Ann Neurol 2002 Oct;52(4):400-6
Rio J, Nos C, Tintore M, Borras C, Galan I, Comabella M, Montalban X.
Unitat de Neuroimmunologia Clinica., Hospital Universitari Vall d'Hebron, Barcelona, Spain.
Clinical trials with interferons in relapsing-remitting multiple sclerosis have shown a modest effect on disability using fixed definitions of treatment failure to measure disease progression.
However, in the course of the disease, treatment failure may be influenced by interrater variability and frequent remissions.
Thus, the purpose of this study was to assess the clinical usefulness of different treatment failure criteria in a cohort of relapsing-remitting multiple sclerosis patients treated with interferon beta.
We studied 252 patients with a follow-up of more than 2 years.
We used four different criteria of treatment failure with increasing stringency (1 Expanded Disability Status Scale [EDSS] point increase confirmed at 3 months, 1 EDSS point increase confirmed at 6 months, 1.5 EDSS points increase confirmed at 3 months, and 1.5 EDSS points increase confirmed at 6 months).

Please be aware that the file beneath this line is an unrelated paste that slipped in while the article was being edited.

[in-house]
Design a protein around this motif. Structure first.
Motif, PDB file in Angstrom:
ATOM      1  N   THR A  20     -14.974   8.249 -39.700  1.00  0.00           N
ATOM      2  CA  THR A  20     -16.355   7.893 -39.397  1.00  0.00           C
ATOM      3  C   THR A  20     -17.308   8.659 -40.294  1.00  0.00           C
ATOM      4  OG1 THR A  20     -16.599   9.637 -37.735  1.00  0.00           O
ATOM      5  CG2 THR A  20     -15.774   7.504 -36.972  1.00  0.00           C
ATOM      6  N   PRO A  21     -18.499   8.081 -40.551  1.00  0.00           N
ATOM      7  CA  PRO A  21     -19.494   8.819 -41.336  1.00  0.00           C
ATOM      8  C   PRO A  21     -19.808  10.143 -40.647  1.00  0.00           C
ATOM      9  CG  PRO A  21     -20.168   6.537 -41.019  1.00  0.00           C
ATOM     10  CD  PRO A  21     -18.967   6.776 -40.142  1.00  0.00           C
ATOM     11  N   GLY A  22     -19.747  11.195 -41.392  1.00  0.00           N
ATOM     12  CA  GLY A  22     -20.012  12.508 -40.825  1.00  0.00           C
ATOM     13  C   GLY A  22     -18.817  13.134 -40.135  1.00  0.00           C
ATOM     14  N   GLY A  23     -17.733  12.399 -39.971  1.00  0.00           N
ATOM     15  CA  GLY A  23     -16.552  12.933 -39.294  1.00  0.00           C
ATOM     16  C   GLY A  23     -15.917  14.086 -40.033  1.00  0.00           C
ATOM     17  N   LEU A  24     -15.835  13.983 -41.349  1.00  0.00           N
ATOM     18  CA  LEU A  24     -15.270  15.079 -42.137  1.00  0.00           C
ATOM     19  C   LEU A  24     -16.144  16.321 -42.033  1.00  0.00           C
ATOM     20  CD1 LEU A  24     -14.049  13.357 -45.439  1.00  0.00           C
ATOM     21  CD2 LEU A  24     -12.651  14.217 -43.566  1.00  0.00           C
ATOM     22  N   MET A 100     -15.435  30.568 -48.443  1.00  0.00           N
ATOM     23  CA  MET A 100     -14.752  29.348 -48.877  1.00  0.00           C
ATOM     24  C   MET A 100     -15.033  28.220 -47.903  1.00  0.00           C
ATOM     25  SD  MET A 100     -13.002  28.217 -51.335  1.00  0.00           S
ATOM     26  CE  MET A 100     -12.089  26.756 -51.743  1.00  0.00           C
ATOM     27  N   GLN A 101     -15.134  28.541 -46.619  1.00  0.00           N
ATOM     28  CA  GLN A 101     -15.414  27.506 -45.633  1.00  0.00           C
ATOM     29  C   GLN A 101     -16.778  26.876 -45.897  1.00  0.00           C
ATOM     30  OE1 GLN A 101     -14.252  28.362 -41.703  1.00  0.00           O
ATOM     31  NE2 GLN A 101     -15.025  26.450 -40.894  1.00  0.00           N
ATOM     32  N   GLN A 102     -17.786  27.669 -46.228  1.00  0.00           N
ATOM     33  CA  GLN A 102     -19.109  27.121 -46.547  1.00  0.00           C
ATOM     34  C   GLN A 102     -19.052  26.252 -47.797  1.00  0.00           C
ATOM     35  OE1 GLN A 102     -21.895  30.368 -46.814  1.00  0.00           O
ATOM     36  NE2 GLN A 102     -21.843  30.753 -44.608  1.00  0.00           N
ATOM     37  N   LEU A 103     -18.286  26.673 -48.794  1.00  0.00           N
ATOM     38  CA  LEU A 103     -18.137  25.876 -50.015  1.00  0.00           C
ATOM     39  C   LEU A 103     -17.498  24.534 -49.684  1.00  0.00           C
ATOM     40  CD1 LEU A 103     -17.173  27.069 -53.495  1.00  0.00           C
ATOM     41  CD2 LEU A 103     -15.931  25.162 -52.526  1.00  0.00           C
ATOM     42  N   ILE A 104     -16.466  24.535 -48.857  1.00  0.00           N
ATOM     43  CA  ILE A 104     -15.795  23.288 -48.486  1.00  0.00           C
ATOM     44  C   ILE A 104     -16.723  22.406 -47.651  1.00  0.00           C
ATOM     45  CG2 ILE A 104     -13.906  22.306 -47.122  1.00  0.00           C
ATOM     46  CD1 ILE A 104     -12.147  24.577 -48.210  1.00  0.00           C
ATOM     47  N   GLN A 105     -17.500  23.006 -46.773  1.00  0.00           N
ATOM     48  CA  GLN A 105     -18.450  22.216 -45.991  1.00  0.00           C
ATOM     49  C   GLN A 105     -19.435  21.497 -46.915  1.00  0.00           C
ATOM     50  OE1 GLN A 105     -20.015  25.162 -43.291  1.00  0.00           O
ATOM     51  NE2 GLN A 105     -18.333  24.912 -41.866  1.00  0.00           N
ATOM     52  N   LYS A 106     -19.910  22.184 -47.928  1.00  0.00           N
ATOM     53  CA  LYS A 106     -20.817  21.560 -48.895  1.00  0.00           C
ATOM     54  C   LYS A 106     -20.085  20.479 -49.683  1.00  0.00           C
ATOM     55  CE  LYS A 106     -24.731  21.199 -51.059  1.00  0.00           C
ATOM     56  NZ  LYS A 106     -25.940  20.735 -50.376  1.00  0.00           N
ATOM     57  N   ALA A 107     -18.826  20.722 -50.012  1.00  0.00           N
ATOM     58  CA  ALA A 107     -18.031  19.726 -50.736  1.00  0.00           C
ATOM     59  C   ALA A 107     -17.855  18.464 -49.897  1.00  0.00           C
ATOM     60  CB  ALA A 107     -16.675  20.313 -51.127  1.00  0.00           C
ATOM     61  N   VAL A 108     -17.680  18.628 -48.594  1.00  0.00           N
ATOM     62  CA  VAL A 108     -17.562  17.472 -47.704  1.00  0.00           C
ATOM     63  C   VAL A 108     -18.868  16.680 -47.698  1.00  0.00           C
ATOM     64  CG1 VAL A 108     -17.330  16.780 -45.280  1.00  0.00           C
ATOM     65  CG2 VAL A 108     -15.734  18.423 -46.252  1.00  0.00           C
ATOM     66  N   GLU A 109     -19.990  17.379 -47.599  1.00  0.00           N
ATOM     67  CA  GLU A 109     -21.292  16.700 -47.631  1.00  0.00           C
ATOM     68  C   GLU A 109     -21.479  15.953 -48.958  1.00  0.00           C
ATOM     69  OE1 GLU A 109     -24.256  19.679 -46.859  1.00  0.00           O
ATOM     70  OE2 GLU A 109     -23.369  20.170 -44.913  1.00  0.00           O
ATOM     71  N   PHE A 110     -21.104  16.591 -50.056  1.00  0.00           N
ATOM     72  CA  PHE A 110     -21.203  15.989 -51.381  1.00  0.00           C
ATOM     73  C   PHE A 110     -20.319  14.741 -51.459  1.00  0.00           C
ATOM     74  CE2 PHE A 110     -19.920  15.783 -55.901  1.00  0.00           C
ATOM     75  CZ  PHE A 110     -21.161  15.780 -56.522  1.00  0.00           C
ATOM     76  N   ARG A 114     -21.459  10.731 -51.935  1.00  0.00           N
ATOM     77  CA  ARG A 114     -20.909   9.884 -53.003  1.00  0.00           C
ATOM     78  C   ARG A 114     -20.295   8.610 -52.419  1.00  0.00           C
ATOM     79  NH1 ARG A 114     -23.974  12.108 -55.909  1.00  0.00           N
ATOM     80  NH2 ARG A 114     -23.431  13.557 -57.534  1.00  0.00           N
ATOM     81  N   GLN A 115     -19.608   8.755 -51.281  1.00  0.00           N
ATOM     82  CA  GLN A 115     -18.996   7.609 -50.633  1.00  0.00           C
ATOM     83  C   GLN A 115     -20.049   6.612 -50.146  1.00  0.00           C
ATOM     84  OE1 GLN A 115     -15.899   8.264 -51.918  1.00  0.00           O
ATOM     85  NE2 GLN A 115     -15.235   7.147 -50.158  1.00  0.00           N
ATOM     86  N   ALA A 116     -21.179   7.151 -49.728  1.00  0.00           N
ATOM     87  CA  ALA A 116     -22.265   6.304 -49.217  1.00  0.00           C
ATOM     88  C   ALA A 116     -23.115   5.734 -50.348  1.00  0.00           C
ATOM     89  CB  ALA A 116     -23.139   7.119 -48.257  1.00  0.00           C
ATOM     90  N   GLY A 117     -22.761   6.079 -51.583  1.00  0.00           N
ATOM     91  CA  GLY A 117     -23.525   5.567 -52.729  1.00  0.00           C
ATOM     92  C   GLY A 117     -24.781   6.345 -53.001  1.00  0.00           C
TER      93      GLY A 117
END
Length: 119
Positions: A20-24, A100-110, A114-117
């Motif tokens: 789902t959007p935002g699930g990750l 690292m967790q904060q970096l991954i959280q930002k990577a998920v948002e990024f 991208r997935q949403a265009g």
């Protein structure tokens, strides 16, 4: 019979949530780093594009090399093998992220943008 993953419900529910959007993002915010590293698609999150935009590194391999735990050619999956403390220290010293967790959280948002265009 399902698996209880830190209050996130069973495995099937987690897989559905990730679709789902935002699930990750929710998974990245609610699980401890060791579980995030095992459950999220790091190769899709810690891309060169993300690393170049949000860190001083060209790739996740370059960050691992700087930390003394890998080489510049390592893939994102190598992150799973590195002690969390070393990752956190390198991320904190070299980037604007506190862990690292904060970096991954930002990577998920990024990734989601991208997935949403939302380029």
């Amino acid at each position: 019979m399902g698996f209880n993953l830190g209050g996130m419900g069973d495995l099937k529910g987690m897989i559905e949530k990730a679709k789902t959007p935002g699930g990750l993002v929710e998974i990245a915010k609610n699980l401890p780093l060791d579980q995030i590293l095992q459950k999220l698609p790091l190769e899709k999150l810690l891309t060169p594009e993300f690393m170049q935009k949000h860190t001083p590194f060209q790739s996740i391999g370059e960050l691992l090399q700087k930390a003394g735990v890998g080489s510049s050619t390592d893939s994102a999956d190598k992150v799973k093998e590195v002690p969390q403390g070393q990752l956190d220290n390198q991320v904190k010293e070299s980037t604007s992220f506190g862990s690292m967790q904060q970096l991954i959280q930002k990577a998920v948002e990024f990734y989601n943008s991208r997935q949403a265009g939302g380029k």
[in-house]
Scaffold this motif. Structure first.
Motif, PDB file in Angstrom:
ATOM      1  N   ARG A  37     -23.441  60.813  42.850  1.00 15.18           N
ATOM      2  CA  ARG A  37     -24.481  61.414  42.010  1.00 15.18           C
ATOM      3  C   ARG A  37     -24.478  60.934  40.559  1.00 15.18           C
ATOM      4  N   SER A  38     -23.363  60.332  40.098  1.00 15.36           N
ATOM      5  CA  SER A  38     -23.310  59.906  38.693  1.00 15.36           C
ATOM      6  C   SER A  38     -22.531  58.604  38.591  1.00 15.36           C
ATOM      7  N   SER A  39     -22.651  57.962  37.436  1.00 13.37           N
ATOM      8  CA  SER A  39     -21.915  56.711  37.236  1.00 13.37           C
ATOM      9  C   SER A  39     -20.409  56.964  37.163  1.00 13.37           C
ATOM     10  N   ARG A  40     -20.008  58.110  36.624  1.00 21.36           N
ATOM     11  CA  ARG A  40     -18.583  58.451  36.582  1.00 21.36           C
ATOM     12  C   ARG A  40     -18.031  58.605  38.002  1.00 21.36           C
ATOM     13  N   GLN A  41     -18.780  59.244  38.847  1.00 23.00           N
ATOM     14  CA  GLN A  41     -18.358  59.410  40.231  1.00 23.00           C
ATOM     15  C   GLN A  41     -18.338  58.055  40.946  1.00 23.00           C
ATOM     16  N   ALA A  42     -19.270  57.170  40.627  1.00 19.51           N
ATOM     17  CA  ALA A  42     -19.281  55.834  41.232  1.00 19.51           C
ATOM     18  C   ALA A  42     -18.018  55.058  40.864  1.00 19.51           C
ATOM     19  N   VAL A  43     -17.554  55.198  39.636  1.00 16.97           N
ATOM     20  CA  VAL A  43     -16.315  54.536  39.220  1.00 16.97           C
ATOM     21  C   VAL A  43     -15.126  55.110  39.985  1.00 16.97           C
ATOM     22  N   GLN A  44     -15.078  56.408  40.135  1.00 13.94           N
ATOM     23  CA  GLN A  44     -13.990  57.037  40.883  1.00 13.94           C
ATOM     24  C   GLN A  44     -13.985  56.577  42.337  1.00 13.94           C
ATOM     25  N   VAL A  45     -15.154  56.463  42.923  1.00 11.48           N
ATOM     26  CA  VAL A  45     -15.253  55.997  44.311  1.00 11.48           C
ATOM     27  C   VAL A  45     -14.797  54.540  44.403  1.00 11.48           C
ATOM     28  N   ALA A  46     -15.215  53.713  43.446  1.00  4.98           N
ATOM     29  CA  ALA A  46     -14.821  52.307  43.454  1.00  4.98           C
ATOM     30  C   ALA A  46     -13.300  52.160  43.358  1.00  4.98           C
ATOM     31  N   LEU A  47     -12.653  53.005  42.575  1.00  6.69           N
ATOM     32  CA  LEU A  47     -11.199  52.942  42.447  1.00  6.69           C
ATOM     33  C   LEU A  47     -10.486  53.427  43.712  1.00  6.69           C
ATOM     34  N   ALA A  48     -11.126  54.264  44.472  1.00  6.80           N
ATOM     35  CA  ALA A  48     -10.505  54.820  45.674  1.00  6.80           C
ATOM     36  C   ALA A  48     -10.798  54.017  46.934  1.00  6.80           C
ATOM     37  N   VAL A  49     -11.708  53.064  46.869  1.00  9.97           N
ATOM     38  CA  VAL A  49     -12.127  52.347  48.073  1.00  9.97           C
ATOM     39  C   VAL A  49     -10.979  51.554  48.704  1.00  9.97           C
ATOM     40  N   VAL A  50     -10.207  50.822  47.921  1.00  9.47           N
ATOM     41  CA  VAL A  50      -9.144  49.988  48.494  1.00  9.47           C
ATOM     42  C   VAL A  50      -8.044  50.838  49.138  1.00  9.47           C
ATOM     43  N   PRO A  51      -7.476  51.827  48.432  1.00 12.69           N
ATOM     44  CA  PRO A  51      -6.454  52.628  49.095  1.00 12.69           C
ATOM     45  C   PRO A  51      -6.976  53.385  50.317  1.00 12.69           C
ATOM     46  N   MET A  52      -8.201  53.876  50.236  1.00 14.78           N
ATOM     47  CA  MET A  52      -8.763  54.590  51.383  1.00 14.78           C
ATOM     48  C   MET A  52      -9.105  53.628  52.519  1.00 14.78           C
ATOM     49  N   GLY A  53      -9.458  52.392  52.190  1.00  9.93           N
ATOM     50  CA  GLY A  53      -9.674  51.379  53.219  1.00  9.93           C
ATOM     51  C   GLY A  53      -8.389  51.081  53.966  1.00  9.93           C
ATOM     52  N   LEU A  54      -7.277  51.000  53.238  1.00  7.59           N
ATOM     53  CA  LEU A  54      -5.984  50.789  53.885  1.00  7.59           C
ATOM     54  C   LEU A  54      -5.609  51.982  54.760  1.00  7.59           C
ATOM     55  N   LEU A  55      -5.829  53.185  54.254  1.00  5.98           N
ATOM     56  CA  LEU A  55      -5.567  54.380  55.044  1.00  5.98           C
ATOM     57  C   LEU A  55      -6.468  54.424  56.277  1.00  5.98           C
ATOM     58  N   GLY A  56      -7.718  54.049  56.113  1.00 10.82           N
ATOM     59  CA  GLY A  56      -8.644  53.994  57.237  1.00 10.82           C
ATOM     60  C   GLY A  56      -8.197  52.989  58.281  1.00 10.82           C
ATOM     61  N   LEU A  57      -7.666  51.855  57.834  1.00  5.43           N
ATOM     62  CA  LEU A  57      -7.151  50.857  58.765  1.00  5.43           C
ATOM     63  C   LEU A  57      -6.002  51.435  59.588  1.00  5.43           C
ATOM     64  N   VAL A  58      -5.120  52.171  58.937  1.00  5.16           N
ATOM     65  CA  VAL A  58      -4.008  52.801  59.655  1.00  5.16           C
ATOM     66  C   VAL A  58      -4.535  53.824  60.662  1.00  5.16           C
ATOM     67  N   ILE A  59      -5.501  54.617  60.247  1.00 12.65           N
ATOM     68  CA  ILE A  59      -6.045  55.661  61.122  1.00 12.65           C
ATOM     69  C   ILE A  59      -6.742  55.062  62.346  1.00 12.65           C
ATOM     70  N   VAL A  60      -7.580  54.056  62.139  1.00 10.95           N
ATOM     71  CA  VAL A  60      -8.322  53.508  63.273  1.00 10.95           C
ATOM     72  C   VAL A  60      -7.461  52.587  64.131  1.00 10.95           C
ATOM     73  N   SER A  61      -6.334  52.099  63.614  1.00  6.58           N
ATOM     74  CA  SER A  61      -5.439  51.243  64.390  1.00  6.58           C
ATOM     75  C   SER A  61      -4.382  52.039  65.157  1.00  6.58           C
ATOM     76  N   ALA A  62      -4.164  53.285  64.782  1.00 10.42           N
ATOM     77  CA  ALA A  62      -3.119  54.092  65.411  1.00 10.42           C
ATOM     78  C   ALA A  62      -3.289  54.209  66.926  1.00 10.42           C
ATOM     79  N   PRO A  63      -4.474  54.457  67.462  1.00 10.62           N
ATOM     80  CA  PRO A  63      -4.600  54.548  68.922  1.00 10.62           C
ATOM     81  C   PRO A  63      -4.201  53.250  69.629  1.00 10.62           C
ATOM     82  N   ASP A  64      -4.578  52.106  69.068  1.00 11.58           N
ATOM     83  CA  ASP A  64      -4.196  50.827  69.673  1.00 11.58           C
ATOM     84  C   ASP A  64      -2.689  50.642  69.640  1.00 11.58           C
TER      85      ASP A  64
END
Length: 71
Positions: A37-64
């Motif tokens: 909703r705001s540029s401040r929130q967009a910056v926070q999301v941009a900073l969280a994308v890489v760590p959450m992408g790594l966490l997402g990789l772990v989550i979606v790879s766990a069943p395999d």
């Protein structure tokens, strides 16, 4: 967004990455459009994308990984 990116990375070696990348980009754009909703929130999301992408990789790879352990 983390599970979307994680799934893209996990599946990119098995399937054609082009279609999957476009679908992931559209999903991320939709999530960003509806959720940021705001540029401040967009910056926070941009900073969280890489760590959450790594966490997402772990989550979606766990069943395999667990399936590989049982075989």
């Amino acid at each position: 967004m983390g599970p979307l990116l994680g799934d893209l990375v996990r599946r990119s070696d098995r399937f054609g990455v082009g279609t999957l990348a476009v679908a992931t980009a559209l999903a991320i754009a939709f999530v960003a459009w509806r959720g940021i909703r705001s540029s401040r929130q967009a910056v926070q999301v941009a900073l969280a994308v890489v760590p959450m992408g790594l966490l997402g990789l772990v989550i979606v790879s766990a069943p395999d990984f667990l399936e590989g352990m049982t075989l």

We divided treatment failure into permanent treatment failure and transient treatment failure.
We considered permanent treatment failure when treatment failure was confirmed on the last two scheduled visits and transient treatment failure when treatment failure was not confirmed on these visits at different time points (9, 12, 18, and 24 months).
We calculated the sensitivity, specificity, positive predictive value, negative predictive value, and accuracy of the different criteria of treatment failure to identify patients who achieved a high degree of disability after 4 years of follow-up.
Regardless of the stringency of treatment failure definitions, a variable proportion of patients with treatment failure had transient treatment failure depending on the criterion applied.
Patients with transient treatment failure had a significantly lower EDSS at entry compared with those with permanent treatment failure or no treatment failure.
The number of relapses in patients with transient treatment failure did not differ from that of patients with permanent treatment failure.
The criterion of confirmed 1 EDSS point increase at 6 months showed the best sensitivity (76.5%), with satisfactory specificity (89%).
Our study shows that a large proportion of patients treated with interferon experience transient treatment failure that may affect outcome interpretation in clinical trials.
Using a more strict criterion, as extending time to confirmation of EDSS deterioration, and longer follow-up may reduce this proportion of patients with transient treatment failure and improve the validity of the results attained in clinical trials.